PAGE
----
In order to implement these two qualities in any organisation it is essential that all the people in the organisation are capable of meaningful and positive responses to stimuli occurring in their interactions both within and especially at the boundaries of the organisation. In order for that to happen it is necessary that all the people in the organisation are adequately empowered to be able to make those responses.
However empowerment is only half the story. Not only do the external means to react need to be present. There also needs to be the sense of personal and individual value and a positive experience of the self within the work environment leading to the ability of the person to apply all the massive resources of their brain to creatively making the organisation hum. Whatever position they may have in the organisation.
We now know from neuroscience that people who feel constantly threatened, stressed with no way of responding to stressors, of little value and deprived of most sense of agency will mainly operate from their primitive brain.
The primitive brain has pretty much three ways of dealing with anything:
Centred on the Amygdala, it has one job; to check whether anything is a threat so it is:
- Negative, always sees things in terms of what can go wrong
- Obsessive, always re-running past problems and checking if they are about to happen again
- Vigilant, always on high alert for any incoming threats
Coupled with that, the primitive brain works entirely by pattern matching against inherited patterns and those established by experience. So it never innovates. It is not an intellect. It does not come up with new solutions.
When we function from the higher brain we have access to an infinitely more nuanced and realistic assessment of a situation and we also have access to the wonderful inventive and innovative capabilities that it possesses.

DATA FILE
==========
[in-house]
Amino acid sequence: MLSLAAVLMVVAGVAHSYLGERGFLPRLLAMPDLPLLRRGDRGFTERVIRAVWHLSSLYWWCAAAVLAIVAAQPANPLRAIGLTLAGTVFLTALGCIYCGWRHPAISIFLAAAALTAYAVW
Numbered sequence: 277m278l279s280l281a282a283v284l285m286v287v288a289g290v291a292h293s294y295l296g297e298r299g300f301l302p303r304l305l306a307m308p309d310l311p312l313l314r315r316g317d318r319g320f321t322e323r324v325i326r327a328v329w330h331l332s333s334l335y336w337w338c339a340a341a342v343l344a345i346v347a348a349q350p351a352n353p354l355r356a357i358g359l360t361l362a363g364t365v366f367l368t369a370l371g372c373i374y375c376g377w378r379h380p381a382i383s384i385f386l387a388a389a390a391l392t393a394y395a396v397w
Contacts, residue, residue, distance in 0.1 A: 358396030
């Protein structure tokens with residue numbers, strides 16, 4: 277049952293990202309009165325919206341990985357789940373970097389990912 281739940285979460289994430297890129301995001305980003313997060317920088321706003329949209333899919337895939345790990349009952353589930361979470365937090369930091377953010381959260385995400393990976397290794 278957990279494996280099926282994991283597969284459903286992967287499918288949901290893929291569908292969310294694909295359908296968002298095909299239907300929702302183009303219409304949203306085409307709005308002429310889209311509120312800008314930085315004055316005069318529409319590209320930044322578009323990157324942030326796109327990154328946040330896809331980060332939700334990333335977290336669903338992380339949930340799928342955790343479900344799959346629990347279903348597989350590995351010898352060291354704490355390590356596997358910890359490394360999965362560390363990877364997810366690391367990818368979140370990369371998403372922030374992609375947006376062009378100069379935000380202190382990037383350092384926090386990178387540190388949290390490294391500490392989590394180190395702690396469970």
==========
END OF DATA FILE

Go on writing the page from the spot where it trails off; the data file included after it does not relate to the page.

If your organisation is mainly full of people functioning predominantly from their primitive brain then it may be humming but it is going to be a pretty primitive hum; aggressive, anxious, negative and it should be obvious how that is likely to affect its performance and ability to respond to changes in the environment.
Compared with the ever dwindling ability to extract ever more productivity from limited resources the sheer waste of the impact of people working largely in their primitive brain has to be at least several orders of magnitude greater than any further savings from process.
Of course it doesn’t have to be that way but largely it still is. Against that background it is not difficult to predict that the companies that create soar away value from unbeatable competitive advantage will be those that understand the importance of consciousness in their organisations and in nurturing a workplace based on the higher functions of the neo-cortex rather than the swampy limitations of the primitive brain.
For this reason I propose that nurturing human consciousness in organisations is the next major leap forward in competitive advantage.